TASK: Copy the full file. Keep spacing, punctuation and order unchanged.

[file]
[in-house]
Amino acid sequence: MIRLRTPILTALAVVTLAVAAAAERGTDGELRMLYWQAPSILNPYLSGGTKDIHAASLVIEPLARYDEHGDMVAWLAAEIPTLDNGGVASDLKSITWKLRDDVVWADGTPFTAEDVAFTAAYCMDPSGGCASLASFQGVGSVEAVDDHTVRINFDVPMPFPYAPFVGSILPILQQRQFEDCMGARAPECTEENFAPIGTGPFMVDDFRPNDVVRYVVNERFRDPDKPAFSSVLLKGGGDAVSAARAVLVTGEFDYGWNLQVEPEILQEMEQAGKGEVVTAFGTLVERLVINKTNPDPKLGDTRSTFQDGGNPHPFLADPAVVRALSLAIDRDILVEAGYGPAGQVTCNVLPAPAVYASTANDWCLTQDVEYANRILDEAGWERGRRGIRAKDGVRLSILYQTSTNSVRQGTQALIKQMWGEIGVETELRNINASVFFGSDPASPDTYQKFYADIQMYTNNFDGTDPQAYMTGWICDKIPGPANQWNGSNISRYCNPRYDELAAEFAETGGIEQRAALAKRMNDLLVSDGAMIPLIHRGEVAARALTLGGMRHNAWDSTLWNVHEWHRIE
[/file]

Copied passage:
[in-house]
Amino acid sequence: MIRLRTPILTALAVVTLAVAAAAERGTDGELRMLYWQAPSILNPYLSGGTKDIHAASLVIEPLARYDEHGDMVAWLAAEIPTLDNGGVASDLKSITWKLRDDVVWADGTPFTAEDVAFTAAYCMDPSGGCASLASFQGVGSVEAVDDHTVRINFDVPMPFPYAPFVGSILPILQQRQFEDCMGARAPECTEENFAPIGTGPFMVDDFRPNDVVRYVVNERFRDPDKPAFSSVLLKGGGDAVSAARAVLVTGEFDYGWNLQVEPEILQEMEQAGKGEVVTAFGTLVERLVINKTNPDPKLGDTRSTFQDGGNPHPFLADPAVVRALSLAIDRDILVEAGYGPAGQVTCNVLPAPAVYASTANDWCLTQDVEYANRILDEAGWERGRRGIRAKDGVRLSILYQTSTNSVRQGTQALIKQMWGEIGVETELRNINASVFFGSDPASPDTYQKFYADIQMYTNNFDGTDPQAYMTGWICDKIPGPANQWNGSNISRYCNPRYDELAAEFAETGGIEQRAALAKRMNDLLVSDGAMIPLIHRGEVAARALTLGGMRHNAWDSTLWNVHEWHRIE